On June 22, 2016, the Frank R. Lautenberg Chemical Safety for the 21st Century Act (the Amendment), which amends the Toxic Substances Control Act (TSCA), was signed into law. Under this amendment, EPA was authorized, amongst other things, to evaluate its existing inventory of chemical substances on specific timelines. The proposed rule – the Inventory Rule –will require manufacturers to notify EPA of chemicals manufactured and processed in the past 10 years. EPA will use this information to update the TSCA inventory of chemical substances, and to determine which chemicals are active and still being manufactured and processed and which chemicals are “inactive” in commerce. The purpose of the update to the TSCA inventory is to better position the agency to set priorities for risk evaluations.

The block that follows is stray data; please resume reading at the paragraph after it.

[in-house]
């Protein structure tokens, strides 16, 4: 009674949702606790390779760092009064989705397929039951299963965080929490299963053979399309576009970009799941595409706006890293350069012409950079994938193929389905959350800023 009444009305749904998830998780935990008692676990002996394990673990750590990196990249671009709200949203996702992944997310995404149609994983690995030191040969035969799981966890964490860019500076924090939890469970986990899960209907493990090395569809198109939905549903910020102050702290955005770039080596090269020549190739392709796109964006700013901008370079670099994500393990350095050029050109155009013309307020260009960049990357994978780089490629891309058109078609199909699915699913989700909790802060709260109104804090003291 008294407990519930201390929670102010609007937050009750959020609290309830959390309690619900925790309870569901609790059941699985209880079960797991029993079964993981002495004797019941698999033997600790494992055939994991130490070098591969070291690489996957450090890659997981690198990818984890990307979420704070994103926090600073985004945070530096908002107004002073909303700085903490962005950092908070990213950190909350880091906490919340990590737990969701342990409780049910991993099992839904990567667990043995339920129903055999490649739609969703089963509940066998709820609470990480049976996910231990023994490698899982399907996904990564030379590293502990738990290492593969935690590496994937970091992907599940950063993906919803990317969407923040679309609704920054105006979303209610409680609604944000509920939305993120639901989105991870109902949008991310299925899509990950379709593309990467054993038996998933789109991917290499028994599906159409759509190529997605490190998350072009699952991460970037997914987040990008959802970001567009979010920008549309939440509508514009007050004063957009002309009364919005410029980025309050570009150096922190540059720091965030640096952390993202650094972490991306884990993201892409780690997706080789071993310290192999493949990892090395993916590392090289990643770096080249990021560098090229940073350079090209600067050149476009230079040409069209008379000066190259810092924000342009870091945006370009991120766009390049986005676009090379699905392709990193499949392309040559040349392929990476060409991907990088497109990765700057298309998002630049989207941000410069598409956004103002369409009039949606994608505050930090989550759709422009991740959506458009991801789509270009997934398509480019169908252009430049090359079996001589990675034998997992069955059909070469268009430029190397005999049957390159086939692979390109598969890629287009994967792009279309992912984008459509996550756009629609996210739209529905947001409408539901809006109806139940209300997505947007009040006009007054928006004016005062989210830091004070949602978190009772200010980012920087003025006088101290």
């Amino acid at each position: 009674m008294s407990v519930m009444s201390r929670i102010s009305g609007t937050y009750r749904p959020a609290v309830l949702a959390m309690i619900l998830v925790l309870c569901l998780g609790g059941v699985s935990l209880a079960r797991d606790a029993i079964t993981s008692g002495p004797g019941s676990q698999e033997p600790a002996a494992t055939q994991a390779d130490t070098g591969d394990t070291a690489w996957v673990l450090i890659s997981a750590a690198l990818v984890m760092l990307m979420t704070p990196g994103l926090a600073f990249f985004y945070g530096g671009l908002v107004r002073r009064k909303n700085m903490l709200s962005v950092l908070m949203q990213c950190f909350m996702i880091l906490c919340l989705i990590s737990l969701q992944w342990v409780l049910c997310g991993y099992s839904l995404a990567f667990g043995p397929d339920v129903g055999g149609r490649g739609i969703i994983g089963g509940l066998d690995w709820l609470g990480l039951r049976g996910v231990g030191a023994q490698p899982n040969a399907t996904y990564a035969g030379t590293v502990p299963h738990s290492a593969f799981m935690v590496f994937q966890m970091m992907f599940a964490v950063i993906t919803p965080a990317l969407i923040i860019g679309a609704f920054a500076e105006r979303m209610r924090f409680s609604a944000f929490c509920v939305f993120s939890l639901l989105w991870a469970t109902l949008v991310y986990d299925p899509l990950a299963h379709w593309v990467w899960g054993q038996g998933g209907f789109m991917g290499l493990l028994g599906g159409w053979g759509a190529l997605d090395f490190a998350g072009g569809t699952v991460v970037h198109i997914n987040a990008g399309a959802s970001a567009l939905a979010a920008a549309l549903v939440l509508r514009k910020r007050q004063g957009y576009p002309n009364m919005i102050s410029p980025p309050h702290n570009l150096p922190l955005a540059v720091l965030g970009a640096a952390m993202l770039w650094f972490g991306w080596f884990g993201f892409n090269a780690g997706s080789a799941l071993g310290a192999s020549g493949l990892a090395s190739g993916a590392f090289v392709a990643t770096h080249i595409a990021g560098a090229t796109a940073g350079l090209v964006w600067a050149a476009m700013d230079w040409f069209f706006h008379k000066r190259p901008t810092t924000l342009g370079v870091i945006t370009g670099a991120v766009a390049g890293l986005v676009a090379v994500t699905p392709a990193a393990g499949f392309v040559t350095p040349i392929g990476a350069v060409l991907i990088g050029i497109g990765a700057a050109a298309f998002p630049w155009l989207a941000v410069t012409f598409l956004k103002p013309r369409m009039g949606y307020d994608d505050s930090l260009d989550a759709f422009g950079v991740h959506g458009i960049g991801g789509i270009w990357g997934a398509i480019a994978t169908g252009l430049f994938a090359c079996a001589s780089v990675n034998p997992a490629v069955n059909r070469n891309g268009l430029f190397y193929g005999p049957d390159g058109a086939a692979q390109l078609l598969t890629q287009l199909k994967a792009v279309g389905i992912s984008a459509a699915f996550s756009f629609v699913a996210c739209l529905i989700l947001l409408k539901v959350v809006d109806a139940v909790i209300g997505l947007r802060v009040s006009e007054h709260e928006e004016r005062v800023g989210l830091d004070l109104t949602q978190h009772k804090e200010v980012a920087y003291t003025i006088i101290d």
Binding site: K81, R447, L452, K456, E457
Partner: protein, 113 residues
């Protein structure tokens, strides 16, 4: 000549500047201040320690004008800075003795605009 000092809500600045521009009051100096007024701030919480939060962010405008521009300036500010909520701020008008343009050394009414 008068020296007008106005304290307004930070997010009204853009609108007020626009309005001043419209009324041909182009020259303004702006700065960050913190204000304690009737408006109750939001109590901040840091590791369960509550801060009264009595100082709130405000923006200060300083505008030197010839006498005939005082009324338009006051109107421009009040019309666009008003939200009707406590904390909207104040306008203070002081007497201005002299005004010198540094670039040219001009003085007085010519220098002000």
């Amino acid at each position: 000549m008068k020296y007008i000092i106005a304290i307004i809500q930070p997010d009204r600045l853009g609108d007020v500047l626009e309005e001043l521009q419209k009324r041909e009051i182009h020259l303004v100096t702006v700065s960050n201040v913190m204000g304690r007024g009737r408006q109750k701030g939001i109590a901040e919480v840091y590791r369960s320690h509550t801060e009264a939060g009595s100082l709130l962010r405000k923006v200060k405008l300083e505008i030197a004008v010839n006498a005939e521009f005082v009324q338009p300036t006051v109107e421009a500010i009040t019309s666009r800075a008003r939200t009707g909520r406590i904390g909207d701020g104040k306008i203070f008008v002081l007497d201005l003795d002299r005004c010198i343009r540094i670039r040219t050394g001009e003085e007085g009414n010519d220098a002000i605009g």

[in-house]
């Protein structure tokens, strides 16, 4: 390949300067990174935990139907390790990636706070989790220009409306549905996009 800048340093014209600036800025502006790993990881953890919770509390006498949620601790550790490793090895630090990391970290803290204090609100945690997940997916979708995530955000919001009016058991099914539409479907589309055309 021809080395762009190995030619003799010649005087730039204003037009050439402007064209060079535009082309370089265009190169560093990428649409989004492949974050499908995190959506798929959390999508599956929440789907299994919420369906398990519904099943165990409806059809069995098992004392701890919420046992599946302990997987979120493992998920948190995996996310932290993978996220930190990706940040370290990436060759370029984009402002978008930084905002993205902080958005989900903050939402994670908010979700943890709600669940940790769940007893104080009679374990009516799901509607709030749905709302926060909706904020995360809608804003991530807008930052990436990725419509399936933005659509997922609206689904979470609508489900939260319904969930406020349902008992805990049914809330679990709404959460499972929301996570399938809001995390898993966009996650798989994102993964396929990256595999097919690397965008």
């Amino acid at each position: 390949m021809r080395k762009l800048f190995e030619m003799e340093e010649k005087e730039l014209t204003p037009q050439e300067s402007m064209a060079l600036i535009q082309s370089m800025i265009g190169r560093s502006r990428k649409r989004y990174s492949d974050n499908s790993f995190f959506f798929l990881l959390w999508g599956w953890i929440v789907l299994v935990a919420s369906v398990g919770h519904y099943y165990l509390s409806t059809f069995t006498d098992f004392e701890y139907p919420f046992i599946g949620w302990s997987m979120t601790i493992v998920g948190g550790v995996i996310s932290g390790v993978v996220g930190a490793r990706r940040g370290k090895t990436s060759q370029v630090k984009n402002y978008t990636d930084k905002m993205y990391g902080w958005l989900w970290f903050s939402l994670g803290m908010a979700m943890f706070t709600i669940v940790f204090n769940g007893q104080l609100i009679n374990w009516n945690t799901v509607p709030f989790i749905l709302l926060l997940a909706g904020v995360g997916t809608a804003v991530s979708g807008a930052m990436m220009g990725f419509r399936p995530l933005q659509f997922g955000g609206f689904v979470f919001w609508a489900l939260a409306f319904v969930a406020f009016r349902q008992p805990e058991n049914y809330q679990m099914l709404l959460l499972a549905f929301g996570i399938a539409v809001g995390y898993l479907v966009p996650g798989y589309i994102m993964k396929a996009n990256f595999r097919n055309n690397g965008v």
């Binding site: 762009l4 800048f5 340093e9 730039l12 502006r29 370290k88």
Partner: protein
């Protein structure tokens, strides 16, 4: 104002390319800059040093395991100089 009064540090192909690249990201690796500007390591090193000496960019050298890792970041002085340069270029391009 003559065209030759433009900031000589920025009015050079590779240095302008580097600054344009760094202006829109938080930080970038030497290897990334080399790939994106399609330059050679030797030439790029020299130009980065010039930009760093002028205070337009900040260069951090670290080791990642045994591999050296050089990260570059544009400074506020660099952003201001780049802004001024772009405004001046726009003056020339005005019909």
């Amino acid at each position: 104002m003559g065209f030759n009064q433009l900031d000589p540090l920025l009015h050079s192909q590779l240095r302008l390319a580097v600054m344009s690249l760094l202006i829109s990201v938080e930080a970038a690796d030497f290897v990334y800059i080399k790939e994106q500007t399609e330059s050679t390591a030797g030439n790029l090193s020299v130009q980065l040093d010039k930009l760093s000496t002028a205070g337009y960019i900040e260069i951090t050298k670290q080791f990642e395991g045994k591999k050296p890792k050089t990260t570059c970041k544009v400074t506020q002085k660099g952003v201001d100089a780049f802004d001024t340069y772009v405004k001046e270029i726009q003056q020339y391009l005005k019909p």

The EPA notification requirement is triggered by EPA’s publication of the final rule, which the TSCA amendments provide must be completed by June 2017 (the Inventory Rule). Pursuant to the Amendment and under the proposed Inventory Rule, domestic manufacturers and chemical importers will have 180 days after the final Inventory Rule is published to tell the EPA which chemical substances they have made or imported in the prior 10 years. The Amendment also contemplates notification by U.S. companies that process chemical substances, and who would have up to one year after the Inventory Rule is published to do so.

Recently, several companies and associations asked the EPA to give importers of chemical mixtures more time, up to one year, to complete the required notification. However, allowing this additional time is not considered under the Amendment, and it is not clear whether the agency has the authority to provide the additional time.

Companies that manufacture and import chemical substances should be aware that this inventory rule is coming and plan accordingly. As a best practice, proactively reaching out to your supply chains in order to create a current, accurate inventory will expedite and ease compliance with the Inventory Rule.